In contrast, those information environments that methodically capture, classify, and govern content will reap substantial rewards. AI tools will continue to expand — fuelling initiatives that may have struggled in the past due to complexity or lack of capabilities. However, algorithms and models cannot overcome low-quality inputs. Over the coming months, leading organisations will prioritise information management and, subsequently, with well-managed, classified and comprehensive information environments, will achieve the best results. 

Move to Connected Information Ecosystems

In theory, digital transformation offers many benefits to an organisation, including increased productivity, streamlined processes and enhanced visibility via detailed and accurate analytics. However, the disconnected point solutions within many enterprises are a significant roadblock to realising this potential. We are seeing a concerted effort to resolve this challenge – with a notable shift from siloed systems towards a connected ecosystem mentality.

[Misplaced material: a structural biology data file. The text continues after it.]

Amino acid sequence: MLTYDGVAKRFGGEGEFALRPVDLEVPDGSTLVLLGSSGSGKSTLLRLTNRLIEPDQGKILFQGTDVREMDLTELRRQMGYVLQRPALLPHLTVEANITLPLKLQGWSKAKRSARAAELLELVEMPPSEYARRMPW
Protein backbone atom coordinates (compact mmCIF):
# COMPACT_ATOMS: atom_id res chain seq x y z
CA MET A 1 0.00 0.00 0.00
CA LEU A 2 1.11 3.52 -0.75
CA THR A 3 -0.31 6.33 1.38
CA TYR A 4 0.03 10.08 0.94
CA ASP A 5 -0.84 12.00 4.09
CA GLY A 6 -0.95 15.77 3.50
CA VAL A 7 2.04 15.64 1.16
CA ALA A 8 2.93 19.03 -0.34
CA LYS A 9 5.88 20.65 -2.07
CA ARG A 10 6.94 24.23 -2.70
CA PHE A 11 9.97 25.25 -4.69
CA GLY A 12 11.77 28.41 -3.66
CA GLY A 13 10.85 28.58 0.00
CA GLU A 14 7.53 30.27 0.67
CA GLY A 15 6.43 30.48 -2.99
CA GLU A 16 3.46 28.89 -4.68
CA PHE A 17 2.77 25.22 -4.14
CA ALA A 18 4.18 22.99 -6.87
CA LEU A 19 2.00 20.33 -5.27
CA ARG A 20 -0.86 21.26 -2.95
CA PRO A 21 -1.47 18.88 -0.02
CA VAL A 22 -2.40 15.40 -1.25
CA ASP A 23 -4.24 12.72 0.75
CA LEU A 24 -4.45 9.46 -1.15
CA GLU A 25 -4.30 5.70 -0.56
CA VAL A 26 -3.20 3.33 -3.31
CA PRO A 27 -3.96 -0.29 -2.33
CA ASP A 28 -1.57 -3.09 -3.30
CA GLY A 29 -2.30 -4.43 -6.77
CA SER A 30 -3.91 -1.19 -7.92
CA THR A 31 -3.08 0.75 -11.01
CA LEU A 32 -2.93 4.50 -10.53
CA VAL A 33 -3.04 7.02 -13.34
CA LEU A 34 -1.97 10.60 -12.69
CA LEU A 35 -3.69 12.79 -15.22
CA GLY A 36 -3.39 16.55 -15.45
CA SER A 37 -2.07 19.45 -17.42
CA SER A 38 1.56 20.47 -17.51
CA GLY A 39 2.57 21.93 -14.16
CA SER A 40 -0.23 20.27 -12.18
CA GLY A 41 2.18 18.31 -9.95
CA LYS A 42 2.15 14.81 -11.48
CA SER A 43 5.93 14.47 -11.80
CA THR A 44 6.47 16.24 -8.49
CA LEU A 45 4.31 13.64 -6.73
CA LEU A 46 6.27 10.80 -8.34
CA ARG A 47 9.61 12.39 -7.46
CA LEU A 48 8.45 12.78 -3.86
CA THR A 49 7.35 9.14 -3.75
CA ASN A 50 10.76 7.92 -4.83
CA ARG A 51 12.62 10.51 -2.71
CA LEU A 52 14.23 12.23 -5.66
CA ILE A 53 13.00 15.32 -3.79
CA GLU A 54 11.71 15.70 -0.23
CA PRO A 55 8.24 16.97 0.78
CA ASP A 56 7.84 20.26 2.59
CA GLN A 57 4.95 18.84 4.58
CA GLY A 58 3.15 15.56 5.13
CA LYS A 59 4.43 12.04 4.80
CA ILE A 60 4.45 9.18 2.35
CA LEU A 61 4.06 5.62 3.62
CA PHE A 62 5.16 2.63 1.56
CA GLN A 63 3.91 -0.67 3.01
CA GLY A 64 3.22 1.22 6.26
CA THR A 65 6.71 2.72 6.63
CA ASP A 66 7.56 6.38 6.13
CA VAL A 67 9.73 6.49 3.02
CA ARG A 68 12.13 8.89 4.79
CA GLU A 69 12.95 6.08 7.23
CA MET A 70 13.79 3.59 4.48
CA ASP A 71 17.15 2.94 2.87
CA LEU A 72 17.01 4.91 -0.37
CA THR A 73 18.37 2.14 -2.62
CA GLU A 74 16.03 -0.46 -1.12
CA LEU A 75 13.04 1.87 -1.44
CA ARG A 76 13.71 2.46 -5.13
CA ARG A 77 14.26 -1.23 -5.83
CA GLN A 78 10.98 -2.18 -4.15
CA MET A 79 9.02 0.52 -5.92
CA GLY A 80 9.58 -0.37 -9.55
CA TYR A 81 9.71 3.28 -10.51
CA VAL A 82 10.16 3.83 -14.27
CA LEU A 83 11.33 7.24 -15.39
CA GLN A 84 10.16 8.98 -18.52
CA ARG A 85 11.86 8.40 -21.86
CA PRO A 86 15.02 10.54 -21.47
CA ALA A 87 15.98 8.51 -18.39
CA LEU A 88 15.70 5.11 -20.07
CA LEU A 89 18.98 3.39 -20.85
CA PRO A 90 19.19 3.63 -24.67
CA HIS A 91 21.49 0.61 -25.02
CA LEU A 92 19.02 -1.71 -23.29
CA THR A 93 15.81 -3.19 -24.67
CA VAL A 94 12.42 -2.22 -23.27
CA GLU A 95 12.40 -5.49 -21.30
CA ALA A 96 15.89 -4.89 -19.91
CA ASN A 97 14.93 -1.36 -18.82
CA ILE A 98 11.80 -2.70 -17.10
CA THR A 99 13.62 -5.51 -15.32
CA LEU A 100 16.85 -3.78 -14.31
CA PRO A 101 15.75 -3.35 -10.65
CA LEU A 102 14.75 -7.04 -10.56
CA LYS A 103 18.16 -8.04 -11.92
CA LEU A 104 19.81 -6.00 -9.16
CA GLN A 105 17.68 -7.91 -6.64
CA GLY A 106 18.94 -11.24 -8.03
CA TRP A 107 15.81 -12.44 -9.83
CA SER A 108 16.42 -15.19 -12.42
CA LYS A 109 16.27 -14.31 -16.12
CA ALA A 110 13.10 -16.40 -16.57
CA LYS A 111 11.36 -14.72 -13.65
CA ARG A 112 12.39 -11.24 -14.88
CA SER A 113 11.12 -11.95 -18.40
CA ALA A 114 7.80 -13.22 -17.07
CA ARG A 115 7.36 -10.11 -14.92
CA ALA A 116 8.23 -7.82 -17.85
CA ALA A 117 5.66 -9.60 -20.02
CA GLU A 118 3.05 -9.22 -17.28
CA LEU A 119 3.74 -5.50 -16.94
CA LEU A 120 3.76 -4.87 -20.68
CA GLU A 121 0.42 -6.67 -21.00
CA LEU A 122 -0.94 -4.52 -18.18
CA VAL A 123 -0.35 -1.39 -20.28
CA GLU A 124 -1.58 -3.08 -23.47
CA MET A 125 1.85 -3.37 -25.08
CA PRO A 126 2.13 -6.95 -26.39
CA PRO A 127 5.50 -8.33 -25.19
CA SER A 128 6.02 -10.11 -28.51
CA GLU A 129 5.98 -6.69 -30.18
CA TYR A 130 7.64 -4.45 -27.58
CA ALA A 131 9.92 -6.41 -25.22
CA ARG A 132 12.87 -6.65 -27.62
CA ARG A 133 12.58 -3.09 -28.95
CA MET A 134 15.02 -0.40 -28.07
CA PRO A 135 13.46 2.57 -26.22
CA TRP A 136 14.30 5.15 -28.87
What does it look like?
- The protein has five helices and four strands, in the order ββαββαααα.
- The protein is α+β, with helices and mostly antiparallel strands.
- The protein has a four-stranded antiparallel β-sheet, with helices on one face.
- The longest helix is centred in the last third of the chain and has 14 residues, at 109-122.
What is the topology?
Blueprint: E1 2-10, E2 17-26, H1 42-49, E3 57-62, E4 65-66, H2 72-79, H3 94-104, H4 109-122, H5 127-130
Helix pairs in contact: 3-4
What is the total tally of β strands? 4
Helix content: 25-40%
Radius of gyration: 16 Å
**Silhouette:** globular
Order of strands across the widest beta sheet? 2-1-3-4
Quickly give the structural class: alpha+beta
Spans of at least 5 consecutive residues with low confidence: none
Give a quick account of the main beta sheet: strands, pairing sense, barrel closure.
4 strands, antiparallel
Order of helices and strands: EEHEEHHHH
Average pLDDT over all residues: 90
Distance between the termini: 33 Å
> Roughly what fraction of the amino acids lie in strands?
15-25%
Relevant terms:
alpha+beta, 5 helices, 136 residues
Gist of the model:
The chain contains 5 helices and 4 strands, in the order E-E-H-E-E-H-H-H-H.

In 2017, Greg Satell argued that we shouldn’t get rid of silos – just connect them. Silos were installed for a reason and typically serve a valid purpose – whether storing content of a particular type, providing workflows or UIs for specific departments or processes, or delivering against a compliance requirement of your industry. Irrespective of the reason for having multiple systems, finding ways to integrate and connect these silos into a single functioning ecosystem makes even more sense.

Careful integration efforts retain individual systems’ existing functionality and benefits while connecting them into simplified, holistic processes that offer users a single and end-to-end solution to their daily workflows. There are various technical approaches to integration: API-based interfaces, master data management, content migration, and systems federation all offer IT teams the tools to provide unified access and governance across critical business platforms.

Over time, niche applications may become redundant and can be retired — however, this is not the primary concern. Instead, the focus is on making the best of the existing systems — optimising rather than replacing or retiring. With this considered approach, CIOs can deliver extensive ROI on the back of existing investments.

Secure The Digital Transformation Ship

The move to remote working and cloud systems during the pandemic came with understandable urgency. Organisations could not afford workers to be without access to systems, from email to accounts and HR. Yet compressing typical multi-year system selection and implementation cycles into weeks inevitably saw governance suffer. Equally inevitably, those rapidly assembled digital environments are now starting to bend and break.